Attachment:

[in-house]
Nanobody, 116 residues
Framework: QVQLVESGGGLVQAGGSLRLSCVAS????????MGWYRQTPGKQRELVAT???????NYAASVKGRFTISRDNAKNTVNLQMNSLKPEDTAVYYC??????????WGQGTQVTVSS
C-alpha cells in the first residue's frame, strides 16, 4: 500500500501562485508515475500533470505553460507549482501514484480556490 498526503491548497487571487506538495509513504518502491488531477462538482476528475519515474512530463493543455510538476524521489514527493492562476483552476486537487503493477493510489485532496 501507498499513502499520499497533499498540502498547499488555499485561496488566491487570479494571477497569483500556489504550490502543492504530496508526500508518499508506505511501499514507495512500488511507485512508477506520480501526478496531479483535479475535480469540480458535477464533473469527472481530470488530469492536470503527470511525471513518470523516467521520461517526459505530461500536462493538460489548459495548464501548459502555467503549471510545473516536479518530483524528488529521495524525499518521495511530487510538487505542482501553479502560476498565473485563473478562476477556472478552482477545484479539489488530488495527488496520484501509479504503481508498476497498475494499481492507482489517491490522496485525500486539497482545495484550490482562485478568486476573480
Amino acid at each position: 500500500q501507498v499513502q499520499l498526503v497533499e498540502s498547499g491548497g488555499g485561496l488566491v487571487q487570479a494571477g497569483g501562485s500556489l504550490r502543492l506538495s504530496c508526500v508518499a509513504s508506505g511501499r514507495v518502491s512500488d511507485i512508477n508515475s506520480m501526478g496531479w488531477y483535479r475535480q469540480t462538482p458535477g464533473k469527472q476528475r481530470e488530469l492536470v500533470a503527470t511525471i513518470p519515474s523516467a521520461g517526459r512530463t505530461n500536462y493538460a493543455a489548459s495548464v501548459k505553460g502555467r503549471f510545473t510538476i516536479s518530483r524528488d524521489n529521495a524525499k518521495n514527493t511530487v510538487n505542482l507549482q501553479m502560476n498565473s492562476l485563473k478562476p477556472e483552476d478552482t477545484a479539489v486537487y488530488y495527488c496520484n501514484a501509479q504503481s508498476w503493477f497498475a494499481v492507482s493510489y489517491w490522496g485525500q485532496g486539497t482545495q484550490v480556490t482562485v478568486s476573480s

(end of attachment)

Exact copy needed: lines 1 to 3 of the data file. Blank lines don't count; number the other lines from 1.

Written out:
[in-house]
Nanobody, 116 residues
Framework: QVQLVESGGGLVQAGGSLRLSCVAS????????MGWYRQTPGKQRELVAT???????NYAASVKGRFTISRDNAKNTVNLQMNSLKPEDTAVYYC??????????WGQGTQVTVSS